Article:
Mexican President Felipe Calderon expressed his displeasure over the Argentine government’s decision this week to seize 51% of oil company oil firm YPF from Spain’s Repsol.
“No one in their right mind would invest in a country that expropriates investments,” Calderon said yesterday.
“This is absolutely a not very responsible measure,” added Calderon over the decision that will likely affect Mexico’s finances. (Mexico's state oil monopoly Pemex holds a 10% stake in Repsol).
Argentina’s president Cristina Fernandez de Kirchner announced the takeover of YPF on Monday claiming that low production that has forced the country to spend heavily on imported energy.
"We are the only country in Latin America, and I would say in practically the entire world, that doesn't manage its own natural resources," Fernandez said in a national speech.
Aside from Calderon and Peruvian economy minister Luis Miguel Castilla (who called Argentina’s actions “insane politics”), other Latin American leaders were not as critical.
“I’m not pleased with the response from wealthy Europe said Uruguayan president José Mujica who also clamed that Argentina’s 1992 decision to privatize YPF was “an error”. Venezuelan Foreign Affairs minister Nicolas Maduro said that his country’s government “welcomes and supports” the YPF takeover.
Others like Bolivian President Evo Morales distanced himself by noting the decision is “an issue between Argentina and Spain, of Repsol as a company and Argentina”.
U.S. Secretary of State Hillary Clinton said, “Decisions taken by the different countries are decisions they have to justify and will have to live with them.” But she added, “Models that include competition and market access have been the most successful around the world.”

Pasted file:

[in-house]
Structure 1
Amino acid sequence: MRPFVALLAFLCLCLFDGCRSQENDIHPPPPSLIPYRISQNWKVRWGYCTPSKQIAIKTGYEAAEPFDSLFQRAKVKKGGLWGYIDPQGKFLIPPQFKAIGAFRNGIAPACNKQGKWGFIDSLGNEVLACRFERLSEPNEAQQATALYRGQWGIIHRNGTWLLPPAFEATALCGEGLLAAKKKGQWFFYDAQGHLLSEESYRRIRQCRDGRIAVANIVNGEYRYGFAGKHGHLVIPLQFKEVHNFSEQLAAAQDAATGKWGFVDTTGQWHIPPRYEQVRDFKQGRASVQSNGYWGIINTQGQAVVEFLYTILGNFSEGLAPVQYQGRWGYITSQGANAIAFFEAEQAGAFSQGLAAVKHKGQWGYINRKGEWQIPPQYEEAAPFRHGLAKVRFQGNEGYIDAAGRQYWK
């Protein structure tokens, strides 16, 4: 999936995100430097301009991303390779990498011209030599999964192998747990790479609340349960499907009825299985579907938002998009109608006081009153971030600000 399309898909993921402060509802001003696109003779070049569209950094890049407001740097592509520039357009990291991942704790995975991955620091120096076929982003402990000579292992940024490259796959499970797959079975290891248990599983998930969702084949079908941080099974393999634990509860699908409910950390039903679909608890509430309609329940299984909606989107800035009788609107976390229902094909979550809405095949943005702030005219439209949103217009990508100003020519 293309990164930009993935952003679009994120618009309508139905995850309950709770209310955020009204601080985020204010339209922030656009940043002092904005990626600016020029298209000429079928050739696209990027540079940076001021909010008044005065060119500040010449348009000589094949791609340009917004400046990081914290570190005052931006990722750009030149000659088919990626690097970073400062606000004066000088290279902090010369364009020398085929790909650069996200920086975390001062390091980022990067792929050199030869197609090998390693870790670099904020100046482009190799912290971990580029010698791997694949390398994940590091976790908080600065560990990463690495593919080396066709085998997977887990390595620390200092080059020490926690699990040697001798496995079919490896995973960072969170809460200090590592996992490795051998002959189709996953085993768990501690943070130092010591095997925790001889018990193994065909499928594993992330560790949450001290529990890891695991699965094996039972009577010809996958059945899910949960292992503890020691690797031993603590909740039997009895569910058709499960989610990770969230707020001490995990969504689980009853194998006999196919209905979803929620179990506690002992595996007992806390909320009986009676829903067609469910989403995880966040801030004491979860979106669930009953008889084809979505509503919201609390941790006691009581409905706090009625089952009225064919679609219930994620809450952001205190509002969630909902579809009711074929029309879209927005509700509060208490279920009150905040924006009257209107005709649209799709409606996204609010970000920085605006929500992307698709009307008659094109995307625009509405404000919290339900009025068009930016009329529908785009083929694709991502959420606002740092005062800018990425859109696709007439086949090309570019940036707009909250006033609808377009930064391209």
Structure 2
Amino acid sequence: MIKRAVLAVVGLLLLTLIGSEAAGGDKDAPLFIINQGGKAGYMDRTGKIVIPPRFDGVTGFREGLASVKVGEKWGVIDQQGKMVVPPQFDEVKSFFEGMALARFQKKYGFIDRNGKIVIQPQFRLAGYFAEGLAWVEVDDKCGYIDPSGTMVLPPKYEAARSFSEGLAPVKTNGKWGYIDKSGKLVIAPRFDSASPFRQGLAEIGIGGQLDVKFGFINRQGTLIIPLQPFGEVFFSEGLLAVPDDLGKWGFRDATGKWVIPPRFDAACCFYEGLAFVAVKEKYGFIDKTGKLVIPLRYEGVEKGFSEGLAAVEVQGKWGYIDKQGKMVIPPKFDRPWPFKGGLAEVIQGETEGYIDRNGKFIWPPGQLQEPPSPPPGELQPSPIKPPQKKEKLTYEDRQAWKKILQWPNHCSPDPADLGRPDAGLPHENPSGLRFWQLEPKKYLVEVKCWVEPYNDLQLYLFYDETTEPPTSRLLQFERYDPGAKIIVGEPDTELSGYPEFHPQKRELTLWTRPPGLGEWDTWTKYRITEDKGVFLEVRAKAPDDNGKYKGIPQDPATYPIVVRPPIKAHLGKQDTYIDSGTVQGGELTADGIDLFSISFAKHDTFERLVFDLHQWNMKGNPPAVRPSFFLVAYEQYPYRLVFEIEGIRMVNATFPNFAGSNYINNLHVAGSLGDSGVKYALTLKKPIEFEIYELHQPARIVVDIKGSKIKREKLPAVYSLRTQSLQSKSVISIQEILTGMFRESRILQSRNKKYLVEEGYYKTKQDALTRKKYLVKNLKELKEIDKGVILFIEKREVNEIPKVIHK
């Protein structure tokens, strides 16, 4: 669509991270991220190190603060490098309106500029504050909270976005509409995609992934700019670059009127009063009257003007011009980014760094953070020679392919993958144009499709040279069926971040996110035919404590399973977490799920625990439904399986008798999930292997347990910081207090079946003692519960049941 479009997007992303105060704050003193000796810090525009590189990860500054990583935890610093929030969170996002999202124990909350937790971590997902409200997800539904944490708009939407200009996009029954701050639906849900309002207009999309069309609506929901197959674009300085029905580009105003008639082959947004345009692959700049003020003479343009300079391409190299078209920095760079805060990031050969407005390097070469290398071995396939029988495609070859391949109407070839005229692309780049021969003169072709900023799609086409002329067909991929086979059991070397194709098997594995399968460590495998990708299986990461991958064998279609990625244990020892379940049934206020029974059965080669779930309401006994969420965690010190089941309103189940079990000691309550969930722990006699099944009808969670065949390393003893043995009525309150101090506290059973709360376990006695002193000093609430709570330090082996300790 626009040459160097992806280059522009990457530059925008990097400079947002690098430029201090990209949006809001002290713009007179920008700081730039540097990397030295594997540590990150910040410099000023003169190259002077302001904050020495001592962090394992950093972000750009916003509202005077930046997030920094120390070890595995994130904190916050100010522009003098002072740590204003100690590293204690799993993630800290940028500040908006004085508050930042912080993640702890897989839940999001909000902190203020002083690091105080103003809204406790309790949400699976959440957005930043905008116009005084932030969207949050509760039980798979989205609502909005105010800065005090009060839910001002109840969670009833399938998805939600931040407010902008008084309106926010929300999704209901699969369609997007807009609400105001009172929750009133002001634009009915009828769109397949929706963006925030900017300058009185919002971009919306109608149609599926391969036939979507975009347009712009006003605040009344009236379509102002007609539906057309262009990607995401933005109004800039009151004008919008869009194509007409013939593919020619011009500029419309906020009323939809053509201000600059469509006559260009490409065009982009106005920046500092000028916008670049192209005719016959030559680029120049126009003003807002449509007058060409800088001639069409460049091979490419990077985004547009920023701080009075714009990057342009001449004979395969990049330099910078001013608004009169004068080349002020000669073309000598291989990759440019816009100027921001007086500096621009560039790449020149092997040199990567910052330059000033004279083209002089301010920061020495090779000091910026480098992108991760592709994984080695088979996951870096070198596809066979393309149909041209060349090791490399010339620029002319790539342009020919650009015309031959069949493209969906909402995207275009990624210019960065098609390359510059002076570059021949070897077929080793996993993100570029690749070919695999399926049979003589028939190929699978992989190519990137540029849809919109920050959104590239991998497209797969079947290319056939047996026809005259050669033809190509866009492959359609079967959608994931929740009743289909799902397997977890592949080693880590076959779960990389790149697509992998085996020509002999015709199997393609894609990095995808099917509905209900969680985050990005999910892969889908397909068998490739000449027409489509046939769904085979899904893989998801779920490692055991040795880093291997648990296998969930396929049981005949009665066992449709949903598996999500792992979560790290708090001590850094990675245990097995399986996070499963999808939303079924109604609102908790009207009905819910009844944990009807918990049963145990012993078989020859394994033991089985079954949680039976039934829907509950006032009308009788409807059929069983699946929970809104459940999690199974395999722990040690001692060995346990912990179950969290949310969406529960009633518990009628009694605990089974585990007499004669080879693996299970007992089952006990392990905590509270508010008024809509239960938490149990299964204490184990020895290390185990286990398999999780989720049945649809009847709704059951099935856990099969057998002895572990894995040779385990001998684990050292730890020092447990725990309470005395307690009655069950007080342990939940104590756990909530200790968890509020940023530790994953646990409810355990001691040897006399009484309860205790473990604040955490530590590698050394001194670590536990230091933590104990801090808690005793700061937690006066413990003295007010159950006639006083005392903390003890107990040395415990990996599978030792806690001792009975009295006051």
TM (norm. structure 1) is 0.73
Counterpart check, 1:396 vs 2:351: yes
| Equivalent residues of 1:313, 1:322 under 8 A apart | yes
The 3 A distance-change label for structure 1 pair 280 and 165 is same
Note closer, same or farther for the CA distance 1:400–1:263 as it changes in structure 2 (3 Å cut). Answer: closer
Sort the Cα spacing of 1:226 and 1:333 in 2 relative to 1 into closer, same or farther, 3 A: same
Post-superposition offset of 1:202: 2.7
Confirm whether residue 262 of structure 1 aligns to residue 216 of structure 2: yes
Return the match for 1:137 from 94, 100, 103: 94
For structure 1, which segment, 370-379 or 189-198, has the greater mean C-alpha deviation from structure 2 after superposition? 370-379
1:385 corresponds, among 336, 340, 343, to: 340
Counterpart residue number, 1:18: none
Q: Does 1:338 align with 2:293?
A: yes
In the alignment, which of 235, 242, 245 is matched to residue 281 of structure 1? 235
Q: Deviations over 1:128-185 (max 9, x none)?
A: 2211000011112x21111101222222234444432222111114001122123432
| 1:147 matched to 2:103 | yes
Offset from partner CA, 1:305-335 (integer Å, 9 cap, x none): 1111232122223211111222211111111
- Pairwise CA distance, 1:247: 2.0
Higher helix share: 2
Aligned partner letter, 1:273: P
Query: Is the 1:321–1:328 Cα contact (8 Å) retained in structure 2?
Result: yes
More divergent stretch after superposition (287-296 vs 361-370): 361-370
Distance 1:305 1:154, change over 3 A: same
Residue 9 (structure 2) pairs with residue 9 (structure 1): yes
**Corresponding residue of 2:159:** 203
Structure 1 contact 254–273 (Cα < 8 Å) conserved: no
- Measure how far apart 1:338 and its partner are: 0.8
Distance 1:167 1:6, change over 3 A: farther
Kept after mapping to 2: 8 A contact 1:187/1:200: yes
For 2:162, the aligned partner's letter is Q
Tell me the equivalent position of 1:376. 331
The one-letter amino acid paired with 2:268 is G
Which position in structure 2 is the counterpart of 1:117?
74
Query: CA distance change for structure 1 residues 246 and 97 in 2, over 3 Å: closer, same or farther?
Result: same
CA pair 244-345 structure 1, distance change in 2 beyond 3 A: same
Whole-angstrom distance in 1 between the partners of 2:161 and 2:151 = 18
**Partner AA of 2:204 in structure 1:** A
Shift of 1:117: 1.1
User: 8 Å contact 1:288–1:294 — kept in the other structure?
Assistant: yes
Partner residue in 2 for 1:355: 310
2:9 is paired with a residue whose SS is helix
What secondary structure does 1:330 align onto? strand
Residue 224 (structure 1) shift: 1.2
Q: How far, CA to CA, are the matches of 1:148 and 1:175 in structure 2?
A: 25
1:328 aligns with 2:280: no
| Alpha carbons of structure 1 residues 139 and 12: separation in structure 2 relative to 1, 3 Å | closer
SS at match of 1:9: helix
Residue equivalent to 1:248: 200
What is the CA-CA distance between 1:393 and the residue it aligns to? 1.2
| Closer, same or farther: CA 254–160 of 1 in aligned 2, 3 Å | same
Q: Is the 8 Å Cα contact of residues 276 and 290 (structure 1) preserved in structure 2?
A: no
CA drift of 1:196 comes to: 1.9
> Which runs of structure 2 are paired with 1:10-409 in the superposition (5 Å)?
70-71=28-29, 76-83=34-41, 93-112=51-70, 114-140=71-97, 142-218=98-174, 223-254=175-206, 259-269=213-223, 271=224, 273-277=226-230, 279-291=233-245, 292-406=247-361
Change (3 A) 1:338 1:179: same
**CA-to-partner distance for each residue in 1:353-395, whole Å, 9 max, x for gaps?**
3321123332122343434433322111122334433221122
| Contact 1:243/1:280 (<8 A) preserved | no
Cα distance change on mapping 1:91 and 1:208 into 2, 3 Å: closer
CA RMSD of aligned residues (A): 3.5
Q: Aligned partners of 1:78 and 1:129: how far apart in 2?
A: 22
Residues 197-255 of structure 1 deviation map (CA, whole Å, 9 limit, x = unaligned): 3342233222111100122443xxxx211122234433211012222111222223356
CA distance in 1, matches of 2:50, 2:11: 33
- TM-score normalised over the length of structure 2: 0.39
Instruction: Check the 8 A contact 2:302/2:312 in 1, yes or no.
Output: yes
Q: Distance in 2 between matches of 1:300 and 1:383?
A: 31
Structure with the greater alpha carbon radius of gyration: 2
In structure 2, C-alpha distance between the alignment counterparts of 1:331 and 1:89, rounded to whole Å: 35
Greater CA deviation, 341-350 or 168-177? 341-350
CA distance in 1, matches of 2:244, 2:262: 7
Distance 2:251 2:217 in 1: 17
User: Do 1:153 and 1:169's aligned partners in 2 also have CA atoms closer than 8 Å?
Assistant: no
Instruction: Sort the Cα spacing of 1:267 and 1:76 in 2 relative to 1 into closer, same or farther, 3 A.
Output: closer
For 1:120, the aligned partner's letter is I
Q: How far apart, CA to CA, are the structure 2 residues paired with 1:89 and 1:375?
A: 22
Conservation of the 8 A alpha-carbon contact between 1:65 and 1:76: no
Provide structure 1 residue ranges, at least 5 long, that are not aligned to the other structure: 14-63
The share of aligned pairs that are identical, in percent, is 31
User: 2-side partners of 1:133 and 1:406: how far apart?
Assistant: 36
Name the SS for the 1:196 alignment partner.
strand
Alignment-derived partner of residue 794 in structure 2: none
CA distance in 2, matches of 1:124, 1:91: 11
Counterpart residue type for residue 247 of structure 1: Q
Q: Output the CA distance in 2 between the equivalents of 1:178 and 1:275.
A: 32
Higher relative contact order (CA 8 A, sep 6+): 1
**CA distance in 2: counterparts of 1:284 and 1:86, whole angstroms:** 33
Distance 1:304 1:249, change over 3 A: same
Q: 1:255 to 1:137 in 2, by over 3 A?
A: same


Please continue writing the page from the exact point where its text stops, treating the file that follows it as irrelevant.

“I must express my profound unease. It's a negative decision for everyone," Spanish Prime Minister Mariano Rajoy said on a visit to Mexico. His concerns were shared by other Spanish government officials like Foreign Minister Jose Manuel Garcia-Margallo claiming that Argentina had "shot itself in the foot."
Other European entities have given their diplomatic support to Spain including the European Commission, which “indefinitely postponed” an E.U.- Argentina meeting regarding bilateral trade.
British Foreign Secretary William Hague warned that Argentina’s actions “are damaging to business interests and will undermine Argentina's economy by reducing its attractiveness to international investors.” (Argentina and Britain are engaged in a war-of-words over the Falklands including concerns over offshore oil exploration near the disputed islands).
The president of Repsol claimed, “this battle is not over,” yet shares in the company tumbled by 7.5% in trading on Tuesday.
A Bloomberg article warned that Argentina’s president is “taking a page from (Venezuelan president) Hugo Chavez’s playbook” with the takeover of YPF. Yet one analyst interviewed in that article highlighted that the Argentine and Venezuelan economies are too distinct for the same types of economic policies:
“ (…) differences between the Argentine and Venezuelan economies mean Fernandez wouldn’t be able to expand her government’s role as much as Chavez has in Venezuela, where 90 percent of exports are oil and energy, said Igor Arsenin, head of Latin America strategy at Credit Suisse Group AG in New York.Image Source – Flickr via nestor galina (CC BY 2.0)
“Argentina is a much more diversified economy,” Arsenin said. “Much of their foreign exchange revenues are coming from the agricultural sector and clearly you can’t nationalize that.”
“In Venezuela, “they’re able to run the state based on purely oil revenues and let the rest of the economy stagnate,” Arsenin said.
Online Sources – El Comercio, MSNBC, BBC News, Bloomberg, Expatica Spain, Reuters, Huffington Post, Mercopress, Bernama, The Latin Americanist